Equally challenging and quite intimidating is learning the culture which is so very different from ours. They describe the “first term” or initial three or four years as almost totally committed to learning the customs, an endeavor essential to safety and acceptance. Proselytizing is strictly forbidden. Women don’t venture out alone, and their interactions are limited to relationships with other women.

 

Another struggle for Angelique and Cornelius involved race. Middle Eastern people are given a certain value based on who they are, and the classifying criteria are endless. The lighter one’s skin, the higher his rank in society. “We experienced the aspect of race that we never experienced in the military or here in the U.S. It was hard on our family,” says Cornelius.

 

Even so, the Grays did not think of quitting. “One of our motivators is the apostle Paul who always wanted to go to new environments and share with people who had not heard the gospel. We have the passion to be steadfast in what God has called us to.”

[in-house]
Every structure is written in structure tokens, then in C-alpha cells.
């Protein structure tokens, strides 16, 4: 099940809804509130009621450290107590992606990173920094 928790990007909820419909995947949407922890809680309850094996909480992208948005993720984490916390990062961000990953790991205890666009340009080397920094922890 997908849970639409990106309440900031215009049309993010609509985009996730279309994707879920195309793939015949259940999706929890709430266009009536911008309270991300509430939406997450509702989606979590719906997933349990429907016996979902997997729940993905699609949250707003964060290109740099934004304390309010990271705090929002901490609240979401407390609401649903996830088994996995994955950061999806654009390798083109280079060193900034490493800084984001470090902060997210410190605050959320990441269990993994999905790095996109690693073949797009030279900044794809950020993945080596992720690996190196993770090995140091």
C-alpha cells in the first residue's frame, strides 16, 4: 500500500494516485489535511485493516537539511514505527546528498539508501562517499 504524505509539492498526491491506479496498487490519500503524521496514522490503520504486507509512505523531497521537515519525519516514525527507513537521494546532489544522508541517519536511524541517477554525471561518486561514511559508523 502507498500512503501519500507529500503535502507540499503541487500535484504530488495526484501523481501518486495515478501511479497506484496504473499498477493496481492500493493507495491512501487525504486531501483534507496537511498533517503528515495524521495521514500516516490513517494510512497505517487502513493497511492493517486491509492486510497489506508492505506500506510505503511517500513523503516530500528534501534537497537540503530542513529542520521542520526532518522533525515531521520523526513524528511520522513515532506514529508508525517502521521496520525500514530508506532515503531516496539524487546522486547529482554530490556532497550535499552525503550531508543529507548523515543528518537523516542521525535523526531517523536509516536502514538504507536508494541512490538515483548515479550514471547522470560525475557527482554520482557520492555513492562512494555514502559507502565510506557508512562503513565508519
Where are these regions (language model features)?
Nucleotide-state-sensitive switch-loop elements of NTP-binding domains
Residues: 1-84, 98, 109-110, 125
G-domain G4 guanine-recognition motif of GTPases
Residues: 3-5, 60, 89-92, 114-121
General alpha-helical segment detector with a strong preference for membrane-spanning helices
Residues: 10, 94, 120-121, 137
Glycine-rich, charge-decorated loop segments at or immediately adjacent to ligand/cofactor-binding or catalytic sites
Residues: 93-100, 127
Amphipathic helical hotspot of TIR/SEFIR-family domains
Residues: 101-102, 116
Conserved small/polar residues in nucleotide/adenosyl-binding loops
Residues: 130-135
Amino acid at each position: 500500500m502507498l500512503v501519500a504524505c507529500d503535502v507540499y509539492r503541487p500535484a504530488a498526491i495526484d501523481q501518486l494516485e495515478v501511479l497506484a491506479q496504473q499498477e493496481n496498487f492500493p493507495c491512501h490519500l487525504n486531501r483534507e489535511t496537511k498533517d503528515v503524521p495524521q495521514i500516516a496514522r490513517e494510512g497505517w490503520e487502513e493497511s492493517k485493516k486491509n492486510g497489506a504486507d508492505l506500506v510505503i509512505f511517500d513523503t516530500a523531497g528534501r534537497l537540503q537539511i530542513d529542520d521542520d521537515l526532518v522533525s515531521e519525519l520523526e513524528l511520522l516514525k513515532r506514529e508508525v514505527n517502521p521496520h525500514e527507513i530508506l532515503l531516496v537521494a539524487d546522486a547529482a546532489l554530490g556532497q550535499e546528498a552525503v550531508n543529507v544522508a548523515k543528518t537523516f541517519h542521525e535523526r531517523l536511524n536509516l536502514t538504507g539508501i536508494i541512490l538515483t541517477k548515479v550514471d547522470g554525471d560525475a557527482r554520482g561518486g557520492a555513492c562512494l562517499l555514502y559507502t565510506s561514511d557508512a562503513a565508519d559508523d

So, how does a Christian church ever get a church planted? It takes an extra measure of patience and a supernatural love for those who are 100% different in their worldview. It also takes an inordinate amount of trust in the Lord to open doors. Planting a church begins one relationship at a time.

 

An unusual thing the Gray’s quickly learned was that when Muslims meet a stranger one of their introductory questions is always, “Are you Muslim or are you Christian?” This cultural norm, unlike in America where such a question would be considered politically incorrect, opens the conversation to discuss one’s beliefs. It is far easier to get into a spiritual conversation in the Middle East than it is in America, and dialogue and friendship begins that way.

 

Cornelius speaks of befriending a Syrian family who had fled the bombing in their country. She was a physician and he was a lawyer. They lost everything before fleeing to Jordan. They were eventually able to move to Sweden, but while they were in Jordan, Cornelius and Angelique befriended them. “Even though their English was not perfect and our Arabic was kind of broken, we developed a friendship. God allowed us to have that time to deepen our love for the people. It also gave them some exposure to Christians,” said Cornelius.